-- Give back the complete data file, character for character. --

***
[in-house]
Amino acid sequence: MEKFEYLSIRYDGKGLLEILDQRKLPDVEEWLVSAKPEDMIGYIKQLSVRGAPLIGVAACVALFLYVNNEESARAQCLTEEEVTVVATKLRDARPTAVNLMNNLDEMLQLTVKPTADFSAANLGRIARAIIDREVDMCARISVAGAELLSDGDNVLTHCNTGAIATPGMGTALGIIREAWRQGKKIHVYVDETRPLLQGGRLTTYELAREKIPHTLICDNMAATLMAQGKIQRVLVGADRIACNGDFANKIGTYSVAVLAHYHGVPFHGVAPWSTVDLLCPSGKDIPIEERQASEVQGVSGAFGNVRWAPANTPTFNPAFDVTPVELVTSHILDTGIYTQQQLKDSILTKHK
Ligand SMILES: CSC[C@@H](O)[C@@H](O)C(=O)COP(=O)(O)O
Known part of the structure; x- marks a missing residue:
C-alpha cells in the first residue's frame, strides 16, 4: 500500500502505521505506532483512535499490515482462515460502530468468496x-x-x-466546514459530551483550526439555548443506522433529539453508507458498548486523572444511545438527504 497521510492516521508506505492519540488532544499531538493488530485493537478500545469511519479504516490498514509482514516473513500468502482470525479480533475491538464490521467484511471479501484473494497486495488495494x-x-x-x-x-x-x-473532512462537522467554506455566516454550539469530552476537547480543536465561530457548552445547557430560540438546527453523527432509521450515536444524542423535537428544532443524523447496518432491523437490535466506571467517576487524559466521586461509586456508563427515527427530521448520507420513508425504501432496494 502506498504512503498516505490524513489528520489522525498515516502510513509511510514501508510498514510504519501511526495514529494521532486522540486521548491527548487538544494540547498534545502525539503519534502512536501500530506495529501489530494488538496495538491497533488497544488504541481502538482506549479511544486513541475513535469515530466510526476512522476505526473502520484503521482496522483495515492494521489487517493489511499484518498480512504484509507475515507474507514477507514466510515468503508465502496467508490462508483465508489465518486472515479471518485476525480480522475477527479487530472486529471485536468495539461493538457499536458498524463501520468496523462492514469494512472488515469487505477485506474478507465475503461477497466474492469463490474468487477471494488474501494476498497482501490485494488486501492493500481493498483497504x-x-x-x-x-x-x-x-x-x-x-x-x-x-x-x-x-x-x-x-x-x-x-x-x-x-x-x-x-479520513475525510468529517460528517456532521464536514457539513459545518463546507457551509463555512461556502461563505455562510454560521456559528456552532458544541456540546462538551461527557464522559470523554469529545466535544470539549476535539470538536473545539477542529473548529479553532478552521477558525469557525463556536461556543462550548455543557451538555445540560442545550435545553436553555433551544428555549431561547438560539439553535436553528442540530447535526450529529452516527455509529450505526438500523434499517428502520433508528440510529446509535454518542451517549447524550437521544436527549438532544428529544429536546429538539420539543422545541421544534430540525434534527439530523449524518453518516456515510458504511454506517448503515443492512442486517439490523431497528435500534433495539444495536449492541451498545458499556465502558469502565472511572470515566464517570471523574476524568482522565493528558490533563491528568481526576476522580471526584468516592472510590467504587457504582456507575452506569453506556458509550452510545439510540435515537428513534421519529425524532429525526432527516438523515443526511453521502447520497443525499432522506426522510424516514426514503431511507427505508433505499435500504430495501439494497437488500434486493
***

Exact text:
[in-house]
Amino acid sequence: MEKFEYLSIRYDGKGLLEILDQRKLPDVEEWLVSAKPEDMIGYIKQLSVRGAPLIGVAACVALFLYVNNEESARAQCLTEEEVTVVATKLRDARPTAVNLMNNLDEMLQLTVKPTADFSAANLGRIARAIIDREVDMCARISVAGAELLSDGDNVLTHCNTGAIATPGMGTALGIIREAWRQGKKIHVYVDETRPLLQGGRLTTYELAREKIPHTLICDNMAATLMAQGKIQRVLVGADRIACNGDFANKIGTYSVAVLAHYHGVPFHGVAPWSTVDLLCPSGKDIPIEERQASEVQGVSGAFGNVRWAPANTPTFNPAFDVTPVELVTSHILDTGIYTQQQLKDSILTKHK
Ligand SMILES: CSC[C@@H](O)[C@@H](O)C(=O)COP(=O)(O)O
Known part of the structure; x- marks a missing residue:
C-alpha cells in the first residue's frame, strides 16, 4: 500500500502505521505506532483512535499490515482462515460502530468468496x-x-x-466546514459530551483550526439555548443506522433529539453508507458498548486523572444511545438527504 497521510492516521508506505492519540488532544499531538493488530485493537478500545469511519479504516490498514509482514516473513500468502482470525479480533475491538464490521467484511471479501484473494497486495488495494x-x-x-x-x-x-x-473532512462537522467554506455566516454550539469530552476537547480543536465561530457548552445547557430560540438546527453523527432509521450515536444524542423535537428544532443524523447496518432491523437490535466506571467517576487524559466521586461509586456508563427515527427530521448520507420513508425504501432496494 502506498504512503498516505490524513489528520489522525498515516502510513509511510514501508510498514510504519501511526495514529494521532486522540486521548491527548487538544494540547498534545502525539503519534502512536501500530506495529501489530494488538496495538491497533488497544488504541481502538482506549479511544486513541475513535469515530466510526476512522476505526473502520484503521482496522483495515492494521489487517493489511499484518498480512504484509507475515507474507514477507514466510515468503508465502496467508490462508483465508489465518486472515479471518485476525480480522475477527479487530472486529471485536468495539461493538457499536458498524463501520468496523462492514469494512472488515469487505477485506474478507465475503461477497466474492469463490474468487477471494488474501494476498497482501490485494488486501492493500481493498483497504x-x-x-x-x-x-x-x-x-x-x-x-x-x-x-x-x-x-x-x-x-x-x-x-x-x-x-x-x-479520513475525510468529517460528517456532521464536514457539513459545518463546507457551509463555512461556502461563505455562510454560521456559528456552532458544541456540546462538551461527557464522559470523554469529545466535544470539549476535539470538536473545539477542529473548529479553532478552521477558525469557525463556536461556543462550548455543557451538555445540560442545550435545553436553555433551544428555549431561547438560539439553535436553528442540530447535526450529529452516527455509529450505526438500523434499517428502520433508528440510529446509535454518542451517549447524550437521544436527549438532544428529544429536546429538539420539543422545541421544534430540525434534527439530523449524518453518516456515510458504511454506517448503515443492512442486517439490523431497528435500534433495539444495536449492541451498545458499556465502558469502565472511572470515566464517570471523574476524568482522565493528558490533563491528568481526576476522580471526584468516592472510590467504587457504582456507575452506569453506556458509550452510545439510540435515537428513534421519529425524532429525526432527516438523515443526511453521502447520497443525499432522506426522510424516514426514503431511507427505508433505499435500504430495501439494497437488500434486493